updated 05:10 pm EDT, Fri August 27, 2010
BBC use of Flash hurts Android use of iPlayer
A Freedom of Information request to the BBC completed just Thursday has revealed that Android use of iPlayer may have been hurt, rather than helped, by the use of Flash. As the Android version of iPlayer requires the still-rare Flash plugin to work, British viewers streamed just 6,400 episodes in July. In comparison, 5,272,464 shows streamed to iPad, iPhone and iPod touch owners.
Much of the damage to Android has been done by OS and device fragmentation. Flash requires Android 2.2 and, in the UK, would limit access to just a handful of phones. Only the Nexus One could view clips in July, and only the closely related HTC Desire received Android 2.2 this month in the country. Steep hardware requirements could also rule out the majority of Android phones; none of HTC's 2009 phones will be eligible.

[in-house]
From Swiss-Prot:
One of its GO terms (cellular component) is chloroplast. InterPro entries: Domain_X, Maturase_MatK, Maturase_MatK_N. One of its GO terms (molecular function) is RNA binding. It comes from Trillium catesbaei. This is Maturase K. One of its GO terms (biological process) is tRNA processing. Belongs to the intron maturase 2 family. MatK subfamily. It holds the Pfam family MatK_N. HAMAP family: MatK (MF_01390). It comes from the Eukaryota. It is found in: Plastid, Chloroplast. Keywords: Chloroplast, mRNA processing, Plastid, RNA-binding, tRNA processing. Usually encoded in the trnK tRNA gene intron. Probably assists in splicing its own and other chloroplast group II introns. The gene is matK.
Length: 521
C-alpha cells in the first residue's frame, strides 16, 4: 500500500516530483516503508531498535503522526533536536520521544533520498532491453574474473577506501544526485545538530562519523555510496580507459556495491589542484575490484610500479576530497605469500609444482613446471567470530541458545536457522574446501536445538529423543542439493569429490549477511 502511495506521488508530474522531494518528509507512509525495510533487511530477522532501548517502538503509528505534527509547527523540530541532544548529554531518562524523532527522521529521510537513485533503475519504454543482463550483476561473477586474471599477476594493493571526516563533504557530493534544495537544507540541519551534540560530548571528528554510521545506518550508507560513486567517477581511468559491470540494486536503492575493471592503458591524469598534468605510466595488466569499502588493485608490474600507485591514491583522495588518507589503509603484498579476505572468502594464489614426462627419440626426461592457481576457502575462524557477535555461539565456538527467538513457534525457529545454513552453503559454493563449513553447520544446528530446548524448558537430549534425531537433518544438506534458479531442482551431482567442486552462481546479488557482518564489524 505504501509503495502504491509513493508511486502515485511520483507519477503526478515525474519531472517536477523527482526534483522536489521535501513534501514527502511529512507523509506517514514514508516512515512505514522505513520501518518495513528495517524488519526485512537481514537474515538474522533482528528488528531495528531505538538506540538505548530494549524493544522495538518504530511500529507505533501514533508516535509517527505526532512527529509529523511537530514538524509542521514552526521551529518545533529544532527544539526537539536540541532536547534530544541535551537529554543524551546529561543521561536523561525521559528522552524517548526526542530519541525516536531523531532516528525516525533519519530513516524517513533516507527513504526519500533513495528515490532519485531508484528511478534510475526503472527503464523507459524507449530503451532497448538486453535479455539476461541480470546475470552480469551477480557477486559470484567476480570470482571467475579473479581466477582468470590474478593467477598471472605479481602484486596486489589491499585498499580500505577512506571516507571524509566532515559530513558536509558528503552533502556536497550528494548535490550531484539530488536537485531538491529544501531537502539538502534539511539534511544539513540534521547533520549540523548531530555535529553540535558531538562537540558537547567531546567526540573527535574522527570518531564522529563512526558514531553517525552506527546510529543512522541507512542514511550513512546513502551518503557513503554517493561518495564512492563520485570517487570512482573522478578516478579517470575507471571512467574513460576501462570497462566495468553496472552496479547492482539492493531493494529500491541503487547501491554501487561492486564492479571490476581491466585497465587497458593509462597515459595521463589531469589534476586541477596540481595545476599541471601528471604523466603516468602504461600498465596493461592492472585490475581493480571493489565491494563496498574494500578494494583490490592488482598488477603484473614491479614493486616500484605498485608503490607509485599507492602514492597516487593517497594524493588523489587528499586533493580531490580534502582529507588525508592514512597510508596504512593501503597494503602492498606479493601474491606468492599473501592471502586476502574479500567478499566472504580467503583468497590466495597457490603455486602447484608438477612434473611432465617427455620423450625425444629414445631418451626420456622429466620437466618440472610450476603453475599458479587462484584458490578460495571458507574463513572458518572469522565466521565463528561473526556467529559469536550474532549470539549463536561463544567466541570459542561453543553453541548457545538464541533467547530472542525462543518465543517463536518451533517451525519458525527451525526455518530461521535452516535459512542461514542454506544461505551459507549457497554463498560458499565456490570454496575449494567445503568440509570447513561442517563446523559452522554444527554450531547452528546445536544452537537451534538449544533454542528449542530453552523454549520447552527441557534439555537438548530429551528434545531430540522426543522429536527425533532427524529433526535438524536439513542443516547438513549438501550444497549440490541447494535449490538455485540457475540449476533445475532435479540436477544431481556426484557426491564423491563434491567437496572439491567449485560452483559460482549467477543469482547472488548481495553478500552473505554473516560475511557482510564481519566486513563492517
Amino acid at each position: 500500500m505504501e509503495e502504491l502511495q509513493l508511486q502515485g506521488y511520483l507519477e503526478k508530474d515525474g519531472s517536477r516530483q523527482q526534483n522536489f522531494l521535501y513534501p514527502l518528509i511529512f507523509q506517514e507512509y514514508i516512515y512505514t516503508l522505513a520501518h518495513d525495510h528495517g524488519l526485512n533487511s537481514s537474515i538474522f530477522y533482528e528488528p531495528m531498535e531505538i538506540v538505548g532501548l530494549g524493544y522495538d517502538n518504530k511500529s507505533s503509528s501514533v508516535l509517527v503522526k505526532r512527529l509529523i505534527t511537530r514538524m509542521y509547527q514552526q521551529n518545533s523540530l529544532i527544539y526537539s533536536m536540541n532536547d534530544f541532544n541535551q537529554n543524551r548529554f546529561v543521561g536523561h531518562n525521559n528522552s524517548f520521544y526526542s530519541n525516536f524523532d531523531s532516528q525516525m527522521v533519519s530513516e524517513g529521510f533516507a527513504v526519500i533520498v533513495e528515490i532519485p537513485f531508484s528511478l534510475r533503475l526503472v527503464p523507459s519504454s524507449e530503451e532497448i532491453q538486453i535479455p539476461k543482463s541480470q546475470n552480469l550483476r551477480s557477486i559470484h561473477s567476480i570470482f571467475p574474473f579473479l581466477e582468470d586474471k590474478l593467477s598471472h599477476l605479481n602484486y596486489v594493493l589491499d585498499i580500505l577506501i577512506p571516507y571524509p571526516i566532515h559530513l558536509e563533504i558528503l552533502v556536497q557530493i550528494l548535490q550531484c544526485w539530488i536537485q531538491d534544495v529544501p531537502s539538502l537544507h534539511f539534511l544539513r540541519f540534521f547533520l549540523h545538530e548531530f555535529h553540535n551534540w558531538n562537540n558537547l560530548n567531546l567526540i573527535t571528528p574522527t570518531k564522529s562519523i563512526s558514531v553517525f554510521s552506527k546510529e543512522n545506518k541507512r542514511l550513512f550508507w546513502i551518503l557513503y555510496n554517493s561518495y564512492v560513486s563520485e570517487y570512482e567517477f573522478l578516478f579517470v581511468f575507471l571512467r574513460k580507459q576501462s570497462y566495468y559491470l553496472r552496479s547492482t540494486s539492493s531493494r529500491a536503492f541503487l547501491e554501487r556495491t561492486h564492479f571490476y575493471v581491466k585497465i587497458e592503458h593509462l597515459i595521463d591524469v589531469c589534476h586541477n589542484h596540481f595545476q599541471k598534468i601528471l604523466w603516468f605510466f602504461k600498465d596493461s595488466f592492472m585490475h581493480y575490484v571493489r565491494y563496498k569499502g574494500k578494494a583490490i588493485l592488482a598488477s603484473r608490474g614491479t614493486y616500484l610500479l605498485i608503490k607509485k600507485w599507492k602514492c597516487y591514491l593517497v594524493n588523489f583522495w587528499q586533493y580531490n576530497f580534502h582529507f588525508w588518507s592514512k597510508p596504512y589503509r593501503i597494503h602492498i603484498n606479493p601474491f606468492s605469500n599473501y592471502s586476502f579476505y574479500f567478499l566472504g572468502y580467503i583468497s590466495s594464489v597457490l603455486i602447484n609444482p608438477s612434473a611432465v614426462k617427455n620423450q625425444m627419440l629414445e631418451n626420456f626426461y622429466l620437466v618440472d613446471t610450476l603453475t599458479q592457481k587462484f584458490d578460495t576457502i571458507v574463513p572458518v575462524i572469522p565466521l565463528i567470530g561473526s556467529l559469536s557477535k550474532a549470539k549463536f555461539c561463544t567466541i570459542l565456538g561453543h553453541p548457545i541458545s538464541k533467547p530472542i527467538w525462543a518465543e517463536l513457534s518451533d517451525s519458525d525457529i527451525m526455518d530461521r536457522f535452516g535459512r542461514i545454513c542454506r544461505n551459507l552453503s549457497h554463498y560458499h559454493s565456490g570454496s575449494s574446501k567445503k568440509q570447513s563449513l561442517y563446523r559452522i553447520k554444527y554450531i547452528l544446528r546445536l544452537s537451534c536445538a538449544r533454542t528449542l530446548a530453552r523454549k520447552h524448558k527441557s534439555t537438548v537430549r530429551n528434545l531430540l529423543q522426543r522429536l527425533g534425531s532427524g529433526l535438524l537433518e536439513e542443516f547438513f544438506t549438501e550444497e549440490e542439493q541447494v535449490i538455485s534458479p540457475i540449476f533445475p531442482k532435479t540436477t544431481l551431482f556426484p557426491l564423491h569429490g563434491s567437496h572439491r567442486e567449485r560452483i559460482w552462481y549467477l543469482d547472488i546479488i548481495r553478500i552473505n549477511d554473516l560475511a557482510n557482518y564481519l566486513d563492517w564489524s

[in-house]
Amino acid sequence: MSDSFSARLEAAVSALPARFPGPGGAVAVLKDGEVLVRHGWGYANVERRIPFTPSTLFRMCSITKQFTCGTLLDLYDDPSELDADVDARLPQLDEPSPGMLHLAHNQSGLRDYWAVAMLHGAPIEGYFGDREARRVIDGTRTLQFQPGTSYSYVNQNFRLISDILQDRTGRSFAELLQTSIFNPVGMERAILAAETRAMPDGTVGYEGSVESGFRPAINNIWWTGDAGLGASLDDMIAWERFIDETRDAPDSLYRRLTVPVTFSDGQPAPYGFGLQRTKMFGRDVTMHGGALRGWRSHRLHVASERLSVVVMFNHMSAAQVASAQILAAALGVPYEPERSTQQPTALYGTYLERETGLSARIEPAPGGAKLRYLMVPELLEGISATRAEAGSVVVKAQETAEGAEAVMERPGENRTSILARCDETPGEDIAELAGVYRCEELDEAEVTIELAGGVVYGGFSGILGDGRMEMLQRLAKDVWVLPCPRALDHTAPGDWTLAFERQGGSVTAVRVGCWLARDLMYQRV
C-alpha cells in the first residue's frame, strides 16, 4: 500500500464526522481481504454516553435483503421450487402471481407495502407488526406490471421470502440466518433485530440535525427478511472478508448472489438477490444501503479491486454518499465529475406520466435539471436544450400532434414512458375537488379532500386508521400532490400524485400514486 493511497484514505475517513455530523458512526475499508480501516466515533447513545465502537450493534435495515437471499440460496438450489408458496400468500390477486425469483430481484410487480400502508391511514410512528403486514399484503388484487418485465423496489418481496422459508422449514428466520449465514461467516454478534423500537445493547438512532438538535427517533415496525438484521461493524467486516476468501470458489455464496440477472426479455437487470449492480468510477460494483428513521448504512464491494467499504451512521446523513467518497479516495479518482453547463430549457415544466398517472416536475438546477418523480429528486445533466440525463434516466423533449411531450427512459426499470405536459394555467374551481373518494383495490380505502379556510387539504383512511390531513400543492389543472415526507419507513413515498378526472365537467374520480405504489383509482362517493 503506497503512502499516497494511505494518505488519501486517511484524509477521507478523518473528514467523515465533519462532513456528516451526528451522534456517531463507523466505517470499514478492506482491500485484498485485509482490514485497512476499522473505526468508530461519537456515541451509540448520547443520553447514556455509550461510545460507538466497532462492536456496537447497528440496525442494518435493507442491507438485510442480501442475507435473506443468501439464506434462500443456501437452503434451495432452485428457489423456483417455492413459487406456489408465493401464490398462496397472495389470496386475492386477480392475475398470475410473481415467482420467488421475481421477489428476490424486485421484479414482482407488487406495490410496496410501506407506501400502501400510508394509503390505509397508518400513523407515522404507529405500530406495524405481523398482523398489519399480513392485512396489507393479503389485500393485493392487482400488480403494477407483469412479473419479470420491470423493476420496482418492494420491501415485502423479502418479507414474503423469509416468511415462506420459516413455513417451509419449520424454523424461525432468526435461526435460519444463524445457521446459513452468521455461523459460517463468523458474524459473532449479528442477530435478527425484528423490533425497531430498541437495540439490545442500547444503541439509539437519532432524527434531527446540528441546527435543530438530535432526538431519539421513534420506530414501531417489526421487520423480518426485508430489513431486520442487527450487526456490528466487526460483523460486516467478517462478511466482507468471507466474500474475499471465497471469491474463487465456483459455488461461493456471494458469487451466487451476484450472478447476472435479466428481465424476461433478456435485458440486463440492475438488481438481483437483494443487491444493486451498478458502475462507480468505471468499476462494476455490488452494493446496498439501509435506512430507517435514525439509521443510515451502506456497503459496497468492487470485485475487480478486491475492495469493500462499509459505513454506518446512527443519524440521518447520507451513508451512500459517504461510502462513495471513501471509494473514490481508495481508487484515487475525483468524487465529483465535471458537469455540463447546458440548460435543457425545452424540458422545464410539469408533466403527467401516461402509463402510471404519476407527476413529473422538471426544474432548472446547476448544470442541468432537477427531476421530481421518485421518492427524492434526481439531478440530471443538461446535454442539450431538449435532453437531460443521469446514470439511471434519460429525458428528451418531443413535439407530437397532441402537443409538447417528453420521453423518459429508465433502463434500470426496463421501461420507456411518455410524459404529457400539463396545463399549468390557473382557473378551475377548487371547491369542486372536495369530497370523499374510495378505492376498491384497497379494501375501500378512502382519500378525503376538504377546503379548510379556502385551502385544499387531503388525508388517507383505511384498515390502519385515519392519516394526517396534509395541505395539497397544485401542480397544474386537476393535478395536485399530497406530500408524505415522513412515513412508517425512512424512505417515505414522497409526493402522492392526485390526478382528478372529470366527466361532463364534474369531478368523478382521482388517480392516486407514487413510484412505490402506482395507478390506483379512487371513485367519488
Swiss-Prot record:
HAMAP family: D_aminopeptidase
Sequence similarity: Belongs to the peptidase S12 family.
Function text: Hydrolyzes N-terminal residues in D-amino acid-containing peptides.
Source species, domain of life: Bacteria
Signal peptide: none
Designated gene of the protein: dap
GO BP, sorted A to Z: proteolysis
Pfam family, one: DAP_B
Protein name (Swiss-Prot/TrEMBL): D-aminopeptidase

iOS devices were meanwhile helped by the BBC's decision early on to use raw H.264 video and a native app. The format reduces the overhead to where even a 2007-era iPhone can play videos, and the approach is largely independent of any one iOS version. Battery use may also be lighter due to a reduced dependence on the main processor compared to Flash.
Flash has been praised for exposing mobile users to a full desktop web and enabling things such as complex streaming sites or web games, but recent tests have shown it bogging down and breaking on some sites, including some on Adobe-endorsed sites. [via Daring Fireball]